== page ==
8 Comment

  • Even with all it imperfections regarding backside utility and access bays, Dallas St. is still a better candidate for corridor retail. Plus Dallas St. already has intensive retail infrastructure and would be a more logical connector from Main to the big park. This is already the plan that the downtown management district is working on. Btw there’s plenty of free parking downtown already if you’re willing to spend some money at your destination to get it validated and the Houston Pavilions garage is free to everyone.

  • In the long run, there are just too many great buildings and memorable places along Main St. and around Market Square to let them go to waste.

    People who pay $15/hour to park their car near Michigan Ave. in Chicago and shop on the Magnificent Mile do so not just for the retail offerings, which they can find closer to home and with free parking in Schaumburg or Skokie, but for the total ambience created by grand old buildings like the Tribune Tower, places of memory like the Water Tower, and sightseeing attractions like Millennium Park and the river.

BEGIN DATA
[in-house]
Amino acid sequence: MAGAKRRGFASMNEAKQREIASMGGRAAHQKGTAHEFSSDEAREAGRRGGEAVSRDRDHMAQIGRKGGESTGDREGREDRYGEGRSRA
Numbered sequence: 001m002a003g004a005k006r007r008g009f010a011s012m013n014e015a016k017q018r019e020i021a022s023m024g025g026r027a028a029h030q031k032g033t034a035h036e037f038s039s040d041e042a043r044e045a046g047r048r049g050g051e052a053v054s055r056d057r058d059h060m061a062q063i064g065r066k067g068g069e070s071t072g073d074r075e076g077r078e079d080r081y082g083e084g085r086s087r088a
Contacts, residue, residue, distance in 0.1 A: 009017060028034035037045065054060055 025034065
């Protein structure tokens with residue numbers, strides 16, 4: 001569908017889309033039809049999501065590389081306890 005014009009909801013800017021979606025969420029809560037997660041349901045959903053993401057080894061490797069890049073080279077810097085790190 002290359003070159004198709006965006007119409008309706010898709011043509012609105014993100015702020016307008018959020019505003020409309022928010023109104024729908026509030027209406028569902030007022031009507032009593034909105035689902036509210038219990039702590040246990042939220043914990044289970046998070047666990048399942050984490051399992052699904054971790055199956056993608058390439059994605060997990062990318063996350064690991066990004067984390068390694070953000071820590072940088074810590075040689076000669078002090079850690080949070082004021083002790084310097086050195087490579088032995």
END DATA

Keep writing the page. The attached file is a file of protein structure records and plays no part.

Main Street could be a mini version of this. Buildings like the Gulf or the Rice are as grand as in any Southern city. The historic end with the red brick pavement is like a taste of the French Quarter. Main Street Square could be great if it weren’t smothered by parking garages. The Bayou and Market Square will continue to grow as scenic spots.

    The key is not to try to offer enough free parking to compete with Willowbrook Mall for timid suburbanites, the key is to create a district that is grand and exciting and monumental enough that people will be willing to pay an arm and a leg or walk ten blocks to shop and stroll. Aim up, not down – emulate the great cities, not the boring suburbs. As Steve Jobs would say, don’t give them what they think they want, give them what they can’t imagine yet but you know they will like if they have.

  • The Magnificent Mile is a pretty unique place in the Midwest, it has never stopped being a shopping district and it has a huge benefit of all the super high end residential along Lakeshore Drive. It isn’t called the Gold Coast for nothing.